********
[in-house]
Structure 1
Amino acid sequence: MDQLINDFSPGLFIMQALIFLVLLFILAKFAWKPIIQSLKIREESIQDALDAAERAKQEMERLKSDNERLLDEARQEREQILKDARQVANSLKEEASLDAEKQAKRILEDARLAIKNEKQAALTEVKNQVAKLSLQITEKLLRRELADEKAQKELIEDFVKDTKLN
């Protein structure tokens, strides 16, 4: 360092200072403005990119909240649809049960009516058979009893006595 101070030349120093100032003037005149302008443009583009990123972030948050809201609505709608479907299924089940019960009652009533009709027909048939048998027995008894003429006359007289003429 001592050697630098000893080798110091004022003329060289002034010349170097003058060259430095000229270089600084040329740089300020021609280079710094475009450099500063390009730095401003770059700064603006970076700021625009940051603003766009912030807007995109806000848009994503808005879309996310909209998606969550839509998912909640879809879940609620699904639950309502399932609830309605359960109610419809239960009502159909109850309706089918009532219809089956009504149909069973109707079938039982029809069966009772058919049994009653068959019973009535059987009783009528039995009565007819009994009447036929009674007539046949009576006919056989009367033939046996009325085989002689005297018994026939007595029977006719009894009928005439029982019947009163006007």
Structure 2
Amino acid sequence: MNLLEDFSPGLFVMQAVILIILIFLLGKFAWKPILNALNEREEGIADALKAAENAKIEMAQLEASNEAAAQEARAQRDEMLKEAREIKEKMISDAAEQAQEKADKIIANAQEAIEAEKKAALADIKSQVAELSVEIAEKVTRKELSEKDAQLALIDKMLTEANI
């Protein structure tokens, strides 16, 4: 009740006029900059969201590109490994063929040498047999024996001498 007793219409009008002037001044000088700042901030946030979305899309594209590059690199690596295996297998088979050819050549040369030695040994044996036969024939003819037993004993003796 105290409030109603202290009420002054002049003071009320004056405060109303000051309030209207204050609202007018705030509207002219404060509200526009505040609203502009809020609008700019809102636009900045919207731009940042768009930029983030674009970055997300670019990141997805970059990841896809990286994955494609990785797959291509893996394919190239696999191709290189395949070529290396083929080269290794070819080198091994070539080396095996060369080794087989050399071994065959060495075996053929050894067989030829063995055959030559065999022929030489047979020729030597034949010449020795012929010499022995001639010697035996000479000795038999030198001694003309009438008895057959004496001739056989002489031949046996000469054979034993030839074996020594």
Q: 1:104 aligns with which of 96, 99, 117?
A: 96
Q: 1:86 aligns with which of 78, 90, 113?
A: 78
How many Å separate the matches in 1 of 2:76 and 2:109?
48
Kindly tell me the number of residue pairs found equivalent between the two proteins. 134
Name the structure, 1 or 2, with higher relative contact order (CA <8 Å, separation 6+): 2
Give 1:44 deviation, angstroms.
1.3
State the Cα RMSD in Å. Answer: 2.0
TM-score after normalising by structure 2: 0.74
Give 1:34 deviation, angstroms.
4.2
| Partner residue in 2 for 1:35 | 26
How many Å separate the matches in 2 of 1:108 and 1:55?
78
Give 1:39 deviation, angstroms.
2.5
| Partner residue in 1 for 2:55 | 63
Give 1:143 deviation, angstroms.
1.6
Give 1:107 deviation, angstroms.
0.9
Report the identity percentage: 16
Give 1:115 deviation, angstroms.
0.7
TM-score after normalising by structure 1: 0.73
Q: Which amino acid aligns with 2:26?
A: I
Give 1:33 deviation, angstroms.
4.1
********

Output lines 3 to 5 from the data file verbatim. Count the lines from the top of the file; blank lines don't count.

Amino acid sequence: MDQLINDFSPGLFIMQALIFLVLLFILAKFAWKPIIQSLKIREESIQDALDAAERAKQEMERLKSDNERLLDEARQEREQILKDARQVANSLKEEASLDAEKQAKRILEDARLAIKNEKQAALTEVKNQVAKLSLQITEKLLRRELADEKAQKELIEDFVKDTKLN
């Protein structure tokens, strides 16, 4: 360092200072403005990119909240649809049960009516058979009893006595 101070030349120093100032003037005149302008443009583009990123972030948050809201609505709608479907299924089940019960009652009533009709027909048939048998027995008894003429006359007289003429 001592050697630098000893080798110091004022003329060289002034010349170097003058060259430095000229270089600084040329740089300020021609280079710094475009450099500063390009730095401003770059700064603006970076700021625009940051603003766009912030807007995109806000848009994503808005879309996310909209998606969550839509998912909640879809879940609620699904639950309502399932609830309605359960109610419809239960009502159909109850309706089918009532219809089956009504149909069973109707079938039982029809069966009772058919049994009653068959019973009535059987009783009528039995009565007819009994009447036929009674007539046949009576006919056989009367033939046996009325085989002689005297018994026939007595029977006719009894009928005439029982019947009163006007």
Structure 2